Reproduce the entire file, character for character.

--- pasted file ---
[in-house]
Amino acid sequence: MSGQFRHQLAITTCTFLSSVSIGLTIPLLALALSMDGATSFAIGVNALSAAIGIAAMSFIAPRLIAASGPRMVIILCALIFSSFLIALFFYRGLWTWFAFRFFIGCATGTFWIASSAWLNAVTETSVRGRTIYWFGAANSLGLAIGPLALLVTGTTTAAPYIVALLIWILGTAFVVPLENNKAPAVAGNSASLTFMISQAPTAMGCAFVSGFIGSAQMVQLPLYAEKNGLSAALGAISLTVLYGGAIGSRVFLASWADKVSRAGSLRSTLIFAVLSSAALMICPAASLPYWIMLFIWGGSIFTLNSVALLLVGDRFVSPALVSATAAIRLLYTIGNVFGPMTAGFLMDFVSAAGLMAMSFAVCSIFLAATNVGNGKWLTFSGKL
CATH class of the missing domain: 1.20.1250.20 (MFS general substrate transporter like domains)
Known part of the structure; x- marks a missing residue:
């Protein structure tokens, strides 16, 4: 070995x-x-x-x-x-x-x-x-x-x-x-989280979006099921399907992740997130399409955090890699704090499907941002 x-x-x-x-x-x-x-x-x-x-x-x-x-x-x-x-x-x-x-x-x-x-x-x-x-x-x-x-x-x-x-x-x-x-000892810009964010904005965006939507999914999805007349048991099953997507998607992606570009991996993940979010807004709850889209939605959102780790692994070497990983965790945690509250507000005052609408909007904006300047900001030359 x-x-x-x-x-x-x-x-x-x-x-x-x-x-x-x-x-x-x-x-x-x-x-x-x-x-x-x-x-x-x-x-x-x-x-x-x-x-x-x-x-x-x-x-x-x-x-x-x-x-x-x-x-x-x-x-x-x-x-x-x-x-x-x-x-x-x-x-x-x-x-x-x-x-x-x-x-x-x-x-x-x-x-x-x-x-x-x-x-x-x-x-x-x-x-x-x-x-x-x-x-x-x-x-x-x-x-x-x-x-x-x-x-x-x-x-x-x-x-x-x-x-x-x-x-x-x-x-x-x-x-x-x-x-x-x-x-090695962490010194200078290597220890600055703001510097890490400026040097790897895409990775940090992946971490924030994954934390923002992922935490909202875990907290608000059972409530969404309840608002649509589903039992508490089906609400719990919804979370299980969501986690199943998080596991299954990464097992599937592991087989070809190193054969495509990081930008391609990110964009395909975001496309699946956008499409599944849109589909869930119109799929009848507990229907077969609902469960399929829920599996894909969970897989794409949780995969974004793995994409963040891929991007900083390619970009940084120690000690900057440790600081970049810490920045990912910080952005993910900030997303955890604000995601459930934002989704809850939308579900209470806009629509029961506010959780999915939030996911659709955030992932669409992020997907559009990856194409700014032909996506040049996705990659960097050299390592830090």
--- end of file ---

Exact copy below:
[in-house]
Amino acid sequence: MSGQFRHQLAITTCTFLSSVSIGLTIPLLALALSMDGATSFAIGVNALSAAIGIAAMSFIAPRLIAASGPRMVIILCALIFSSFLIALFFYRGLWTWFAFRFFIGCATGTFWIASSAWLNAVTETSVRGRTIYWFGAANSLGLAIGPLALLVTGTTTAAPYIVALLIWILGTAFVVPLENNKAPAVAGNSASLTFMISQAPTAMGCAFVSGFIGSAQMVQLPLYAEKNGLSAALGAISLTVLYGGAIGSRVFLASWADKVSRAGSLRSTLIFAVLSSAALMICPAASLPYWIMLFIWGGSIFTLNSVALLLVGDRFVSPALVSATAAIRLLYTIGNVFGPMTAGFLMDFVSAAGLMAMSFAVCSIFLAATNVGNGKWLTFSGKL
CATH class of the missing domain: 1.20.1250.20 (MFS general substrate transporter like domains)
Known part of the structure; x- marks a missing residue:
């Protein structure tokens, strides 16, 4: 070995x-x-x-x-x-x-x-x-x-x-x-989280979006099921399907992740997130399409955090890699704090499907941002 x-x-x-x-x-x-x-x-x-x-x-x-x-x-x-x-x-x-x-x-x-x-x-x-x-x-x-x-x-x-x-x-x-x-000892810009964010904005965006939507999914999805007349048991099953997507998607992606570009991996993940979010807004709850889209939605959102780790692994070497990983965790945690509250507000005052609408909007904006300047900001030359 x-x-x-x-x-x-x-x-x-x-x-x-x-x-x-x-x-x-x-x-x-x-x-x-x-x-x-x-x-x-x-x-x-x-x-x-x-x-x-x-x-x-x-x-x-x-x-x-x-x-x-x-x-x-x-x-x-x-x-x-x-x-x-x-x-x-x-x-x-x-x-x-x-x-x-x-x-x-x-x-x-x-x-x-x-x-x-x-x-x-x-x-x-x-x-x-x-x-x-x-x-x-x-x-x-x-x-x-x-x-x-x-x-x-x-x-x-x-x-x-x-x-x-x-x-x-x-x-x-x-x-x-x-x-x-x-x-090695962490010194200078290597220890600055703001510097890490400026040097790897895409990775940090992946971490924030994954934390923002992922935490909202875990907290608000059972409530969404309840608002649509589903039992508490089906609400719990919804979370299980969501986690199943998080596991299954990464097992599937592991087989070809190193054969495509990081930008391609990110964009395909975001496309699946956008499409599944849109589909869930119109799929009848507990229907077969609902469960399929829920599996894909969970897989794409949780995969974004793995994409963040891929991007900083390619970009940084120690000690900057440790600081970049810490920045990912910080952005993910900030997303955890604000995601459930934002989704809850939308579900209470806009629509029961506010959780999915939030996911659709955030992932669409992020997907559009990856194409700014032909996506040049996705990659960097050299390592830090």